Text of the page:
London City Guide

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If you visit only two or three cities of the world in your lifetime, make one of them London. Stroll its streets, visit its museums, photograph its landmarks, and patronize its pubs. While it may not be the most beautiful or the most romantic city in the world, its one of the most fascinating.

Laid out like a great wheel with Piccadilly Circus at its hub, Europe's largest city at first may seem daunting. Dozens of communities branch out from its center, each with its own attractions, lifestyle, hotels and restaurants. While most visitors spend much of their time in the West End and London's historic district, called "The City" by locals, there's so much more to see.

Before striking out on your own, you may want to take one of London Transport's non-stop double-decker guided tours, departing from Victoria Station. They're a great way to get to know the city at a glance. The driver points out he major sights and gives a rolling commentary as he drives through the historic district and beyond. You'll want to make a note of the sights you want to investigate further on the map you're given at the start of the tour.

You'll soon discover that while you can walk within any of the city's districts, getting from one to another requires public transportation, either surface bus or the Underground, known affectionately as The Tube. It can get expensive if you purchase individual rides, so spring for a London Transport One-Day Off-Peak Travel Card instead. You can also purchase a Visitor Travelcard, good for unlimited travel for a specific number of days, before you leave home.

Begin your sightseeing at Westminster Abbey in the Westminster/Whitehall district. From there walk over to see Big Ben and the Houses of Parliament, then take in the changing of the guard at Buckingham Palace. At some point, visit the Tower of London to see the Crown Jewels — its best to go when it first opens to avoid the crowds.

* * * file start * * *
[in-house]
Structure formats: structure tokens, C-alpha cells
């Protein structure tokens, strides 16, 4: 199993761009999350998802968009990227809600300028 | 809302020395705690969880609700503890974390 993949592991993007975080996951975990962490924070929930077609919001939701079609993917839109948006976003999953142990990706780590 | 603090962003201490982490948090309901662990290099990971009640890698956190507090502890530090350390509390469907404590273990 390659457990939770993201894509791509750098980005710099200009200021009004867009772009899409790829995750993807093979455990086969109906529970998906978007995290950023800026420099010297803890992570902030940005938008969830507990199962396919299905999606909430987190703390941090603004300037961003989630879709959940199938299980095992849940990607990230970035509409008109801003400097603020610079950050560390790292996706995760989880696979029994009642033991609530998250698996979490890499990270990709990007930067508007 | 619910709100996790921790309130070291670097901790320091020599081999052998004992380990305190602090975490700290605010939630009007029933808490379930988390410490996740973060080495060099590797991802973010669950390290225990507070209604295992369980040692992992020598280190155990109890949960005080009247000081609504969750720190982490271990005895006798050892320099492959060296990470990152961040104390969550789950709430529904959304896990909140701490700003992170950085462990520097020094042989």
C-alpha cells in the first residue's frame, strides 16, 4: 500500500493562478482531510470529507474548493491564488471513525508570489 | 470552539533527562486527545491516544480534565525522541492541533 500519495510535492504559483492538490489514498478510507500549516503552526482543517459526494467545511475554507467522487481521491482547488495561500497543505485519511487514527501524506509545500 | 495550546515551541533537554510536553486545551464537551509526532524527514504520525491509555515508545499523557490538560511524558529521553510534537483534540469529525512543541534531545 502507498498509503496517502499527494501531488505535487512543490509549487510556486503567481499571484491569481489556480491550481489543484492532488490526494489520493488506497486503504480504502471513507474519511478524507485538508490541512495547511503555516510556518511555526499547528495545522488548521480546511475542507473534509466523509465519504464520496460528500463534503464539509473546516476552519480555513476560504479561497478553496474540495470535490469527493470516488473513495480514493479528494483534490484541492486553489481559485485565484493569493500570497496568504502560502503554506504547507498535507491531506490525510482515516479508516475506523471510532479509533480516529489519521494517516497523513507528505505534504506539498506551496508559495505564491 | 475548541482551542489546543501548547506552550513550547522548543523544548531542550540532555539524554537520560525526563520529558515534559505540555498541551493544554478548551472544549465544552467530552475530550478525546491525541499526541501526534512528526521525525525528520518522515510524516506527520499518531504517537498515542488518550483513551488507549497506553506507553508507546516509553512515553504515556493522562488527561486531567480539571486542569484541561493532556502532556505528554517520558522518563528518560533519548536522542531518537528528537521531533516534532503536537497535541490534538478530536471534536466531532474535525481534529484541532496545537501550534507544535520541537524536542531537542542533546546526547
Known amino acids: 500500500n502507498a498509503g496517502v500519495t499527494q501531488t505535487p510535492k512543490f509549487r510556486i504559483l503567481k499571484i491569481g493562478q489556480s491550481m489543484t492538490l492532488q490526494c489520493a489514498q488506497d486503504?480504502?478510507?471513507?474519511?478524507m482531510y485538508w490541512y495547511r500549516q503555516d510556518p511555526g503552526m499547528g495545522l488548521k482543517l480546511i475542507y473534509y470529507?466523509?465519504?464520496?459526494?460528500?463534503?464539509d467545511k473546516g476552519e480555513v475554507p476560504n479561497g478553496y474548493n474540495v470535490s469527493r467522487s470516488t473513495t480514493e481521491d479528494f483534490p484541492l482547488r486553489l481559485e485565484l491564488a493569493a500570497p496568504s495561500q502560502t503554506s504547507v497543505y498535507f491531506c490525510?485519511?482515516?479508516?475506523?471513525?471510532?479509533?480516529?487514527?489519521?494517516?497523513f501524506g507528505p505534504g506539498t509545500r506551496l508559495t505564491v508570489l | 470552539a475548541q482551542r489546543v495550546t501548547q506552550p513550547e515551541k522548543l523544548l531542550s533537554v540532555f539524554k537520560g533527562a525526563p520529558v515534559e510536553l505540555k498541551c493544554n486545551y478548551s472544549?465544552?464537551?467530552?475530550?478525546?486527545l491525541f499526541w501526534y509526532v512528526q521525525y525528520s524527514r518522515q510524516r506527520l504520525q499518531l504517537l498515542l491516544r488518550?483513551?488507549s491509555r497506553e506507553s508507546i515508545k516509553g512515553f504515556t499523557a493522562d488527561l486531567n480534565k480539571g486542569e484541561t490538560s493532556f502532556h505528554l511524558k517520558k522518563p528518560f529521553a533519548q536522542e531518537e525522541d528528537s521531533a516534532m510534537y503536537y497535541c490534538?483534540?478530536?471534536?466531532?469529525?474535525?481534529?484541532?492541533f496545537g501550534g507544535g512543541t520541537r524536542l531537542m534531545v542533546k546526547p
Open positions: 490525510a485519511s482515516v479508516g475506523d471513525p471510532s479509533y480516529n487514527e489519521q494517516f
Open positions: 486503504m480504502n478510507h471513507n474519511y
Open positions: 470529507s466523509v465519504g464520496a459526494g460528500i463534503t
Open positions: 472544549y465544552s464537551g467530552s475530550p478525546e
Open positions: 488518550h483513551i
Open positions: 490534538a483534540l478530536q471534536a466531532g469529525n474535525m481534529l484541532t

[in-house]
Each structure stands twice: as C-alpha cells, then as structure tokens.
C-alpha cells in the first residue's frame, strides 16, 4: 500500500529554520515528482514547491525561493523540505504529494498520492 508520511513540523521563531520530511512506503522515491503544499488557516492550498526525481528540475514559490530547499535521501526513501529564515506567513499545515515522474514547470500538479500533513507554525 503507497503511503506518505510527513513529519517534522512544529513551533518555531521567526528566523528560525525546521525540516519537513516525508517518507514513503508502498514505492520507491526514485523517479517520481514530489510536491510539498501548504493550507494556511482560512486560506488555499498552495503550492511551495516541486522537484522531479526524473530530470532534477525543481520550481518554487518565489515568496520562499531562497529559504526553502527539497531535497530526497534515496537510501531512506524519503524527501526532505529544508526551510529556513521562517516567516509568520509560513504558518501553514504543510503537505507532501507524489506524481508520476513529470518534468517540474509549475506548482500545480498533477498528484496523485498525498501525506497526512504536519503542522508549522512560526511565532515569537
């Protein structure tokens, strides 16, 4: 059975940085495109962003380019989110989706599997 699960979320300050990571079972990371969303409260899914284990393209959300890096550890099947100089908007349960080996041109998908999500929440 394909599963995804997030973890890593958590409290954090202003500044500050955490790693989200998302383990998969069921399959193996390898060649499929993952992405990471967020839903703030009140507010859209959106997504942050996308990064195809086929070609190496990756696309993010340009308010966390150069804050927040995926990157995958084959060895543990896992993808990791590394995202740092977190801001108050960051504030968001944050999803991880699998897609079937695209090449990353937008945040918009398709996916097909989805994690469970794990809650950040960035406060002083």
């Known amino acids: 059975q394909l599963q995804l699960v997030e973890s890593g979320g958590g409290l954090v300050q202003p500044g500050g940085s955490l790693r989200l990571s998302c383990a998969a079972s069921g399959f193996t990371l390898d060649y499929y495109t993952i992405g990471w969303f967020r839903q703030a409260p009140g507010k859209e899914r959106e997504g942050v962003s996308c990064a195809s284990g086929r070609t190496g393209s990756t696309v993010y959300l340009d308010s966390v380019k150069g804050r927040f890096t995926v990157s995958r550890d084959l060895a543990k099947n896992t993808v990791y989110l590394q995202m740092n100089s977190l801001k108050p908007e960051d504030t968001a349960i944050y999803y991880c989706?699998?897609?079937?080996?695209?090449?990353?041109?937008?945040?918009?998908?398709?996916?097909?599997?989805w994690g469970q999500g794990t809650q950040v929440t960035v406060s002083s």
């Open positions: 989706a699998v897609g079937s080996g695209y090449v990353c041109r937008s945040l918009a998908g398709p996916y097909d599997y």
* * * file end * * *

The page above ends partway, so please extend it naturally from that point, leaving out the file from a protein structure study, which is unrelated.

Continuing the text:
You should spend at least a half day if not longer exploring the British Museum. Afterwards, wander around Bloomsbury and perhaps browse the shops in Covent Garden and later take in a theater performance.

On one of your days in London, head over to St. Paul's Cathedral in The City. Take a walking tour of the area to see some of the city's oldest buildings, as well as the financial district. Stop into a local pub for lunch to eat with bankers and stockbrokers. After lunch, visit the nearby Museum of London to get a glimpse at the city's Roman past.

Depending on how much you like museums, you might also take in the National Gallery, with its impressive collection of Western paintings, on Trafalgar Square, the Tate Gallery, with its collection of modern art, or the Victoria and Albert Museum, with its collection of decorative arts.

When you've had enough of history, visit the London Zoo, one of the world's greatest, in Regent's Park or perhaps spend some time in Hampstead Heath, London's largest park, which contains facilities for just about every known form of outdoor amusement.

As a city, London is too big to take it all in on one visit. Choose what to see and do based on your interests, not on what you think you should see. Doing so will make your London experience one to remember for a long time.